A bill is advancing in the Tennessee General Assembly that would strip primary voters from deciding who their U.S. Senate nominees would be and give that power to the state’s respective Republican and Democratic party caucuses.
Voters still would be able to decide in the general election between party candidates.
The bills sponsor, Sen. Frank Niceley, R-Strawberry Plain, said it would return the state closer to the system used before 1913, when state lawmakers directly appointed U.S. senators, as reported by The Daily Herald.
A process that was replaced with the passage of the 17th amendment, which Niceley referred to as a “mad rush of progressive movement.” Although, more than half the states provided for popular election of senators by referendum prior to the amendment.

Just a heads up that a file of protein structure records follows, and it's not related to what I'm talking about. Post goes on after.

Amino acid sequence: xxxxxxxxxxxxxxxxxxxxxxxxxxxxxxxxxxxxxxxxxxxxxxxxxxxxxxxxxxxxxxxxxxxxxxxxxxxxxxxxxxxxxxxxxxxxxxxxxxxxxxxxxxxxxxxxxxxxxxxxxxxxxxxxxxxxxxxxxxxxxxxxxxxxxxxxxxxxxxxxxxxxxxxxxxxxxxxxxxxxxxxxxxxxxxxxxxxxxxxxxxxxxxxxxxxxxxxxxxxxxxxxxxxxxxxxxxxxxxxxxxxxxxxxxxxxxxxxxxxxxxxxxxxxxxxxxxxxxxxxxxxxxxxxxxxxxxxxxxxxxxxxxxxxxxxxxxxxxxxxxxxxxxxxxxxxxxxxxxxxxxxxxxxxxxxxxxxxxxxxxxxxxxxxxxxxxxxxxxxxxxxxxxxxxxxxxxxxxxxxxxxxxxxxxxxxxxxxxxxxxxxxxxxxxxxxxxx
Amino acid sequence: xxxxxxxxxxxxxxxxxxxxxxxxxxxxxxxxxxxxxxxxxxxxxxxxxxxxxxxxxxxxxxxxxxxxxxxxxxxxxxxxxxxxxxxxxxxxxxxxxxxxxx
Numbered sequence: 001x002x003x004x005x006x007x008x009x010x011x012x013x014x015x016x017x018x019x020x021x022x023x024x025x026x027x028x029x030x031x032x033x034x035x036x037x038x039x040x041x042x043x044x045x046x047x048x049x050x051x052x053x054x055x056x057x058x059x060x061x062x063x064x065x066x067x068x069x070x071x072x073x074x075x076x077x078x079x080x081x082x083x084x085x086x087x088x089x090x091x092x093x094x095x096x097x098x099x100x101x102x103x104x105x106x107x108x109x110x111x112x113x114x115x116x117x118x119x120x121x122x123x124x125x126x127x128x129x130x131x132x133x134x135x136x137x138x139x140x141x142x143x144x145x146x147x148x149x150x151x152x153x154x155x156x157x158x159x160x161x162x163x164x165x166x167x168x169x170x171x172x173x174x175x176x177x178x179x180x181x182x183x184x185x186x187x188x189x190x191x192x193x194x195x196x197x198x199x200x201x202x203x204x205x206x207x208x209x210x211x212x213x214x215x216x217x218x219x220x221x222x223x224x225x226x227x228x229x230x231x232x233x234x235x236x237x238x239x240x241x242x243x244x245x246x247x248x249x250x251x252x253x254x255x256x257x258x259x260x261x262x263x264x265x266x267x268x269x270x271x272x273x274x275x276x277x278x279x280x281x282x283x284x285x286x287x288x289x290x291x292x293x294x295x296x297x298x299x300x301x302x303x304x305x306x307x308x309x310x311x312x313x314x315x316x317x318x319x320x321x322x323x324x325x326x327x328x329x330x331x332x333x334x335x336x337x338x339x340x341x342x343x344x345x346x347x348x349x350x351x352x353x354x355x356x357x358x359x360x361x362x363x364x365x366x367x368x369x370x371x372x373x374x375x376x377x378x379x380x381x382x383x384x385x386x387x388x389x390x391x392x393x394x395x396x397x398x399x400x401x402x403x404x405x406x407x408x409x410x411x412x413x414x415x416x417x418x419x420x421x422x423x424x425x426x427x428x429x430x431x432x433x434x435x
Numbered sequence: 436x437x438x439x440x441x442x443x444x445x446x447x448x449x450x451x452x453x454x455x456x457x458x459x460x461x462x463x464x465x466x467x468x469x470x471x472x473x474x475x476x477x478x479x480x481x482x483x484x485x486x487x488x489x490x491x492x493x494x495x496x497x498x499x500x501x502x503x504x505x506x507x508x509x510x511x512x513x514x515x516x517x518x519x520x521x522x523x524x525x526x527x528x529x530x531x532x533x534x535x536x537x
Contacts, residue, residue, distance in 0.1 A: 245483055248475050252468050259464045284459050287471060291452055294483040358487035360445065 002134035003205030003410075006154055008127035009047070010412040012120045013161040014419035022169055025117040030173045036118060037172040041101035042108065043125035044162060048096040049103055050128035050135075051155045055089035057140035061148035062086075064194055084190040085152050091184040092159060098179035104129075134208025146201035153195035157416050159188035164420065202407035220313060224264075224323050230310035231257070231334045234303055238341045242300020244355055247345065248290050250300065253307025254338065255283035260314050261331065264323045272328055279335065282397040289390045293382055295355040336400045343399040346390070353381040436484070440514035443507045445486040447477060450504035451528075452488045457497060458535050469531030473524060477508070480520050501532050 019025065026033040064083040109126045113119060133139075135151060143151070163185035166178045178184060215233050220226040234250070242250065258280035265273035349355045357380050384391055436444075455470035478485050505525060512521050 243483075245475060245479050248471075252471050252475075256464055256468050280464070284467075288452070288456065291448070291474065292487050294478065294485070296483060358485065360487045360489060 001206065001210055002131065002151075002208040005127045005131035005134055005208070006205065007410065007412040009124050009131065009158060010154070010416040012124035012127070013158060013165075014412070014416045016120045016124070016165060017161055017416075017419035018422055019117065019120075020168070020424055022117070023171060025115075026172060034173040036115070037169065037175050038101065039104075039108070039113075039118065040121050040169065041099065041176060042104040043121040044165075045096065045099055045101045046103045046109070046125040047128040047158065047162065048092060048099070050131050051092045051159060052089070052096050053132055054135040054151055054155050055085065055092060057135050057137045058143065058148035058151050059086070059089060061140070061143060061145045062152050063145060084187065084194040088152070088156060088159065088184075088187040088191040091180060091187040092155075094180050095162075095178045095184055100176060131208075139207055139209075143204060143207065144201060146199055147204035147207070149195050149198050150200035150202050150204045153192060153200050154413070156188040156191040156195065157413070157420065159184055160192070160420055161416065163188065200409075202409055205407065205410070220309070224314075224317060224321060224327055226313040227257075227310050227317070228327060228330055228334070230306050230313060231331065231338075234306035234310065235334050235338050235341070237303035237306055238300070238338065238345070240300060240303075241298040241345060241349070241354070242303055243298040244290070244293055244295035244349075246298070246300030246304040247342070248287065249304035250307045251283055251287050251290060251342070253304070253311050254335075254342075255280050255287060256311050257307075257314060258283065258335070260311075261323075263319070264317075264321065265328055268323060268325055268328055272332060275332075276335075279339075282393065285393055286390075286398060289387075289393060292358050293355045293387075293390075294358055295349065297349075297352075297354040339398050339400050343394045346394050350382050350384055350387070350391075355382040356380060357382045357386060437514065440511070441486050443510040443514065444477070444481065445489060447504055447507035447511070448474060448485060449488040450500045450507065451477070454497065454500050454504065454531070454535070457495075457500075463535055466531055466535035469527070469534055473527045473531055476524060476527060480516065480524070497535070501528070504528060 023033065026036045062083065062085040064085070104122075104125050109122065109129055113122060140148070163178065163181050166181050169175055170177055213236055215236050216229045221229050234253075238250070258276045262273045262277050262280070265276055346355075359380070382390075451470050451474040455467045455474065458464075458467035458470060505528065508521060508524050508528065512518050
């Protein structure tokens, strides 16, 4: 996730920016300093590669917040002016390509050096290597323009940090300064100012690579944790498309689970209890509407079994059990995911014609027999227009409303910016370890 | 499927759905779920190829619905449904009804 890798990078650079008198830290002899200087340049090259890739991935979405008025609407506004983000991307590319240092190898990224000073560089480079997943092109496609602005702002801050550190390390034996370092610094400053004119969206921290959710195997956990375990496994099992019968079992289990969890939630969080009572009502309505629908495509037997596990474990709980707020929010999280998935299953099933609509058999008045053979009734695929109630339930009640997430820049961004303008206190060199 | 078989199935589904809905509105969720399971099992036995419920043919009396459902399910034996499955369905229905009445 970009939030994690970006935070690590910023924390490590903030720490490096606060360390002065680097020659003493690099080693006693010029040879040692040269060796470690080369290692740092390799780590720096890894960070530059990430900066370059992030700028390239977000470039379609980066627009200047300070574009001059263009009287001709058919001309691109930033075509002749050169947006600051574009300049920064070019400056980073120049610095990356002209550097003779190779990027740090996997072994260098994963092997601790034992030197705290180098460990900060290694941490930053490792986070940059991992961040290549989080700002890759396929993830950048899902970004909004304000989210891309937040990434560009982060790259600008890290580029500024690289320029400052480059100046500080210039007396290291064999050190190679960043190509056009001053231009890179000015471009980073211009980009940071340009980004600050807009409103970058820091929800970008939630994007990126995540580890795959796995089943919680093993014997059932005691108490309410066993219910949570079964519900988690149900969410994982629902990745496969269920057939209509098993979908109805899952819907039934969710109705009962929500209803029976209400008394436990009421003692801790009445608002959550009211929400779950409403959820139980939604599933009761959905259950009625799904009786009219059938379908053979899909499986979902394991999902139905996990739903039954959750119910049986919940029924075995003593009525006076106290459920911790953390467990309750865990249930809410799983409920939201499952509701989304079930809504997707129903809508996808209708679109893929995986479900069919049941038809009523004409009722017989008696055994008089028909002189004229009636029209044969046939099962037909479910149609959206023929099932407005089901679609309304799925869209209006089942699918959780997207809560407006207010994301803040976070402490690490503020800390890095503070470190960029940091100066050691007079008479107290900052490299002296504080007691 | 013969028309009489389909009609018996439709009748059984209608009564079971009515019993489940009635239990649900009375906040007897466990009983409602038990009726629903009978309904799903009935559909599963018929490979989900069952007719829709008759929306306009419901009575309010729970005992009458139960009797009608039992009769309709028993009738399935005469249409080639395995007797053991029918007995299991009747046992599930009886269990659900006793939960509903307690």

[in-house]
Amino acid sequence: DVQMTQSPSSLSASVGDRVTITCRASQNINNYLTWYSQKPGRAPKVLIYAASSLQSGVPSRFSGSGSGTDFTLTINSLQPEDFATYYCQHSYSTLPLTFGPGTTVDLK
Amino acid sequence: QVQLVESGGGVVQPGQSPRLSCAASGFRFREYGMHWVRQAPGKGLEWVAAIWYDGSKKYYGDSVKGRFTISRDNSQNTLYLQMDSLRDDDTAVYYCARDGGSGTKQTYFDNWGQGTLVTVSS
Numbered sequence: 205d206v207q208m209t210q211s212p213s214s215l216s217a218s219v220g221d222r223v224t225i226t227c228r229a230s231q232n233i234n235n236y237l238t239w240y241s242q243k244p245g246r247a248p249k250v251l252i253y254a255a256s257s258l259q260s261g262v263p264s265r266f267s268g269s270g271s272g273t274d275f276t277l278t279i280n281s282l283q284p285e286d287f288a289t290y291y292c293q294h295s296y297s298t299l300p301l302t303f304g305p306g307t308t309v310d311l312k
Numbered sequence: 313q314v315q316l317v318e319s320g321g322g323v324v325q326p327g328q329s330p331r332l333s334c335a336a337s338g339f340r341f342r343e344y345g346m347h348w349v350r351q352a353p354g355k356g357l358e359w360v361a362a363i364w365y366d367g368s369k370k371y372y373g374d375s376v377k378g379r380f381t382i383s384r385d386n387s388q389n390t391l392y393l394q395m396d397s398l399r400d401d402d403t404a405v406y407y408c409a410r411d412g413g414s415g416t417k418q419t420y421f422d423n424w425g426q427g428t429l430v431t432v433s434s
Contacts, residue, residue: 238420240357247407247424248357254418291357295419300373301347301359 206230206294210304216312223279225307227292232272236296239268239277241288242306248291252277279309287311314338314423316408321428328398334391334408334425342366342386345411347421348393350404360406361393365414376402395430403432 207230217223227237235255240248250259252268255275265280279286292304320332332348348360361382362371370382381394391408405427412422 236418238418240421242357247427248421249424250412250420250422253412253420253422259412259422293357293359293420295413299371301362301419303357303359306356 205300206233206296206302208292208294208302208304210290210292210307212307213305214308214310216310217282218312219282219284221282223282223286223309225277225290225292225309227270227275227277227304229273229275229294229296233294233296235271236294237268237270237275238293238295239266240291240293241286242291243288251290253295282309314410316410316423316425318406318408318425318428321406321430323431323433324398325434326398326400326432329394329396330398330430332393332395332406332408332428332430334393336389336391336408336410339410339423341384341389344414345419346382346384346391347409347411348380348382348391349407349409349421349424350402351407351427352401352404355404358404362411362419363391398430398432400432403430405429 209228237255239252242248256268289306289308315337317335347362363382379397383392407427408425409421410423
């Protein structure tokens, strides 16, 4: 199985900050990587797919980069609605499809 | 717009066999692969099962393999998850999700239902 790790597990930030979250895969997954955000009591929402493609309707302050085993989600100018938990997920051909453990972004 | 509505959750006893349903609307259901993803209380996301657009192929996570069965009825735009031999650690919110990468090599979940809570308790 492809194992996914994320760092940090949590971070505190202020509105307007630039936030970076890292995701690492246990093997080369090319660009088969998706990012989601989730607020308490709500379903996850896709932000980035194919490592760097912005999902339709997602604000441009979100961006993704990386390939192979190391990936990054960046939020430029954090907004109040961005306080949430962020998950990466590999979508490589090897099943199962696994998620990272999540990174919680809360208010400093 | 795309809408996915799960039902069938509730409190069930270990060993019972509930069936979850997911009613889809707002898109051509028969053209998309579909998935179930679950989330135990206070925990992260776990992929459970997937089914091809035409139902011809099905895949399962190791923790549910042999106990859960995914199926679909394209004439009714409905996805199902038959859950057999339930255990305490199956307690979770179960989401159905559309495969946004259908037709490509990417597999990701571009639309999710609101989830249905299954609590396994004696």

Interestingly, the the 17th amendment says U.S. Senators must be “elected by the people,” but does not specify that a primary election must be held.
In the one known case where a primary was not held and was challenged, in Pennsylvania following the death of Senator H. John Heinz III, the U.S. Court of Appeals for the Third Circuit ruled that the 17th amendment does not require primaries.
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